[ Back to EurekAlert! ] Public release date: 12-Dec-2011
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Contact: Jennifer Shike
jshike@illinois.edu
217-244-0888
University of Illinois College of Agricultural, Consumer and Environmental Sciences

Strip-till improves nutrient uptake and yield

The practice of deep banding fertilizer is growing in popularity as more growers turn to strip-till. However, this method may be costing growers more than it is worth.

A new University of Illinois study revealed that strip-till was superior to no-till and increased yield in soybean. However, the results showed no difference in yield between fertilizer application methods.

"Strip-till is usually talked about in corn, not soybean," said Fabian Fernandez, U of I assistant professor of crop sciences. "But the results argue strip-till for soybean would be a benefit, but placement of fertilizer offers no difference for yield."

Researchers compared different combinations of phosphorus and potassium rates applied in no-till by either broadcasting or deep-banding six inches below the surface, and in strip-till by deep banding six inches below the surface.

"Strip-till allows growers to apply fertilizer in a band in the subsurface it has almost become the norm these days," Fernandez said. "Most growers are deep banding fertilizer if they strip-till, when in reality, there is no need to do this, at least for soybean. Our research shows when fertility levels are adequate, there is no advantage and you can broadcast phosphorus and potassium to achieve the same results."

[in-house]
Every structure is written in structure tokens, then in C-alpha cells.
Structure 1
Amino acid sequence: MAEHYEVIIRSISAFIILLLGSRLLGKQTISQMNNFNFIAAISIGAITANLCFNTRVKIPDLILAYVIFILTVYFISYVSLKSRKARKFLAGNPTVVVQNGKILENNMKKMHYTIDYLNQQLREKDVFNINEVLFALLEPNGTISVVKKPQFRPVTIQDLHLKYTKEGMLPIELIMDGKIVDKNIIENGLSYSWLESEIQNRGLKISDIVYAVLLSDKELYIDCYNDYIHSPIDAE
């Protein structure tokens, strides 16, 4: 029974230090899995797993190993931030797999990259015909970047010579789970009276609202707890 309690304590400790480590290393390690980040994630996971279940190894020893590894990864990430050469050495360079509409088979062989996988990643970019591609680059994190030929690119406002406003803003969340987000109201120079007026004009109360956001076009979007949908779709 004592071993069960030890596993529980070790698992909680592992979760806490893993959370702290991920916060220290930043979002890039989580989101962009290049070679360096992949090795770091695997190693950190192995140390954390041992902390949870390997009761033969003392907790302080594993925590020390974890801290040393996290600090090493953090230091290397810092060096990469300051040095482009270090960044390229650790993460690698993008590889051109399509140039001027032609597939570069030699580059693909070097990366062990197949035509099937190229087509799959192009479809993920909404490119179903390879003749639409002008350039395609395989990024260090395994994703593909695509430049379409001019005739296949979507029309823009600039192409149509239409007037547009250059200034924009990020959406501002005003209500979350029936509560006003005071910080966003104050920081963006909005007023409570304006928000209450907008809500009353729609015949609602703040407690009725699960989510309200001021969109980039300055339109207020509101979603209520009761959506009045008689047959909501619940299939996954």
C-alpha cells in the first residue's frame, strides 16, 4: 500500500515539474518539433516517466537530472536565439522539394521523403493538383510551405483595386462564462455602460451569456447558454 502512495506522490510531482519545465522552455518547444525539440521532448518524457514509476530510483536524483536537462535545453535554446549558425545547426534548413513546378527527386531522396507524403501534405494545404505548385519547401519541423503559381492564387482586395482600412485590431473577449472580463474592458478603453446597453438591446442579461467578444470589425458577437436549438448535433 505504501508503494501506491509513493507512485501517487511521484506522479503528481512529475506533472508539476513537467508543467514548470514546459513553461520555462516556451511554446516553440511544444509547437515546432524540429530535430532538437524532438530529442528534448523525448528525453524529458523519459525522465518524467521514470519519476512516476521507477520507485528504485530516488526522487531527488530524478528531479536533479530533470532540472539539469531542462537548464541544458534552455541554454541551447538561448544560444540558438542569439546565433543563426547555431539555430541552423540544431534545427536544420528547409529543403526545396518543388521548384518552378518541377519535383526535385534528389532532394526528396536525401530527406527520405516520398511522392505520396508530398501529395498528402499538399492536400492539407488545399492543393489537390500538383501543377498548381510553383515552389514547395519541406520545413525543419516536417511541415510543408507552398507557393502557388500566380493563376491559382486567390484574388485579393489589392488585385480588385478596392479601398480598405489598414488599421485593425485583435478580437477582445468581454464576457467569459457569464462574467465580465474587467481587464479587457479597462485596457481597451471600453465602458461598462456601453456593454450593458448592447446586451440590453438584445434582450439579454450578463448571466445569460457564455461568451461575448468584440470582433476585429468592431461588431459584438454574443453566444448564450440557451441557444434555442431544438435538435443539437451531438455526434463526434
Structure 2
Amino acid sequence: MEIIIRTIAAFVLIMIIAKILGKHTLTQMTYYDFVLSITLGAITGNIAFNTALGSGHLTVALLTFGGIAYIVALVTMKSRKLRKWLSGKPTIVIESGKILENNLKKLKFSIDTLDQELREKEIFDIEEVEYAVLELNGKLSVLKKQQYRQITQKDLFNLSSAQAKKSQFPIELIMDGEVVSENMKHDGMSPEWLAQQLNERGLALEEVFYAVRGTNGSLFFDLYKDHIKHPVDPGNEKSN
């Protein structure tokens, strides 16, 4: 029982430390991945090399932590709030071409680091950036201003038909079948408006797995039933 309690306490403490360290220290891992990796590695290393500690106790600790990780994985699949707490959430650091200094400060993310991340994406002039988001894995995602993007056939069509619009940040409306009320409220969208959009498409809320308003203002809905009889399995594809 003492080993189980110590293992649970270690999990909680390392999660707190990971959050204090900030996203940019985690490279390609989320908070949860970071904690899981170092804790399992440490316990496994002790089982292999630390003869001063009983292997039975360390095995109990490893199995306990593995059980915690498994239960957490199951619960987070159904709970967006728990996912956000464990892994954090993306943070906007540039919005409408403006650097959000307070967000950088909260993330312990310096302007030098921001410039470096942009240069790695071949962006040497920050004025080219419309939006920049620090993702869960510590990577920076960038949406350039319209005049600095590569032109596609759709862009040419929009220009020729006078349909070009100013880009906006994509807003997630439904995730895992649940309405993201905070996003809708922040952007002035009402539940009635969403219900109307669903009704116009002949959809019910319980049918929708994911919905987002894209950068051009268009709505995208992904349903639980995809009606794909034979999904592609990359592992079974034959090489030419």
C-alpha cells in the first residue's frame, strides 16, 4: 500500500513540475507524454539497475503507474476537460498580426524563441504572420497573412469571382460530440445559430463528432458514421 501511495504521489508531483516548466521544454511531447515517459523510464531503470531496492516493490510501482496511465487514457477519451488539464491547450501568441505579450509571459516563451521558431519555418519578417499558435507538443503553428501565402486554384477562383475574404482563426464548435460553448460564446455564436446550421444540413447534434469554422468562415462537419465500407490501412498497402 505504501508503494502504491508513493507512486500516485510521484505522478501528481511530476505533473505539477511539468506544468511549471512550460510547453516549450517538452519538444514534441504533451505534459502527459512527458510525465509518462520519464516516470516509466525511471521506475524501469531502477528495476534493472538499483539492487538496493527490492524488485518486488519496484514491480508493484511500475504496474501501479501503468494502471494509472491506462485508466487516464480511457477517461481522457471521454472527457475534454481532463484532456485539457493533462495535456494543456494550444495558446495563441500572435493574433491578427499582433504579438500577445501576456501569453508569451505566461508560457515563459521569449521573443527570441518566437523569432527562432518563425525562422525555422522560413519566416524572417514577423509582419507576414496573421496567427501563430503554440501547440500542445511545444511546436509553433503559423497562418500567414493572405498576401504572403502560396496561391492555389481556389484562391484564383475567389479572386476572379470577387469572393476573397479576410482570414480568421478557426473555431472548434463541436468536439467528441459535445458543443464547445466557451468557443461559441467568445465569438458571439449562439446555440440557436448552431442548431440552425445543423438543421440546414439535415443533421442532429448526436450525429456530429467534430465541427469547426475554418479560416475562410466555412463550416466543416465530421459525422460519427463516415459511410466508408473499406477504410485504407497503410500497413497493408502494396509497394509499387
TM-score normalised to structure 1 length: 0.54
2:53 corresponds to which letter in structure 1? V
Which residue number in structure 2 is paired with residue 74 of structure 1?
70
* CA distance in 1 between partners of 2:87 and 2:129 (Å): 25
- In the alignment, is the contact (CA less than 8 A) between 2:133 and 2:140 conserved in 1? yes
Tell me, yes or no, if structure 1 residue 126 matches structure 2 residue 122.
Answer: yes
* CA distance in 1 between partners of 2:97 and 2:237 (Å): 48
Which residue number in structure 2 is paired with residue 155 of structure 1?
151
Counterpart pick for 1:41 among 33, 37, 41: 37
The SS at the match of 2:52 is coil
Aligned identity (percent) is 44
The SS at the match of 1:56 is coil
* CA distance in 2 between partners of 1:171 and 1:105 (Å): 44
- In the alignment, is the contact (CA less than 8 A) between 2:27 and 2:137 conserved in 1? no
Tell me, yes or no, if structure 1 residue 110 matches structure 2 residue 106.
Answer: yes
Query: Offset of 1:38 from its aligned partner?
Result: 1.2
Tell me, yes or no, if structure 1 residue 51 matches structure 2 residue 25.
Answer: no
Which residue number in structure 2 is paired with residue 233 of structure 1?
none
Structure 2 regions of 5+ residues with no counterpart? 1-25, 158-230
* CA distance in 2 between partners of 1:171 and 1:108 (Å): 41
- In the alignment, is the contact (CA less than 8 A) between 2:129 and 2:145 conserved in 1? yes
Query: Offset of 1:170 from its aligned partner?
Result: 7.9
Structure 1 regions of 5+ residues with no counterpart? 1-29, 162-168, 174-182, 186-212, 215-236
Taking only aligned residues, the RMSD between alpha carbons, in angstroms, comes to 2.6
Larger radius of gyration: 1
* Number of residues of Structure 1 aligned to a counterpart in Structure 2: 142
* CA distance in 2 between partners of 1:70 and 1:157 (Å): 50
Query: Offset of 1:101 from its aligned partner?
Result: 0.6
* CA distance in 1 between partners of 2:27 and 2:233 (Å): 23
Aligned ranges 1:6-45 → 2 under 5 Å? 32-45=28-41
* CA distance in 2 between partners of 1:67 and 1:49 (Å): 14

Fernandez said deep band placement normally requires more equipment, expense and time.

"Phosphorus doesn't move far in the soil. With broadcast application, it tends to accumulate at the soil surface," Fernandez said. "With subsurface application, we saw phosphorus levels decrease on the soil surface. Although subsurface band applications may not increase yield, they could decrease phosphorus levels on the surface which could be an environmental benefit to reduce the potential of phosphorus runoff."

Subsurface banding of fertilizers is sometimes promoted as a more efficient placement method, and some believe the same yield level can be attained with lower fertilizer rates, Fernandez said.

"We observed no evidence to suggest a fertilizer rate reduction can be accomplished with subsurface banding without similar yield declines as observed for broadcast applications," he said.

This research, "No-Till and Strip-Till Soybean Production with Surface and Subsurface Phosphorus and Potassium Fertilization" was published in Agronomy Journal. Researchers include Fernandez, Bhupinder Farmaha and Emerson Nafziger of the University of Illinois.

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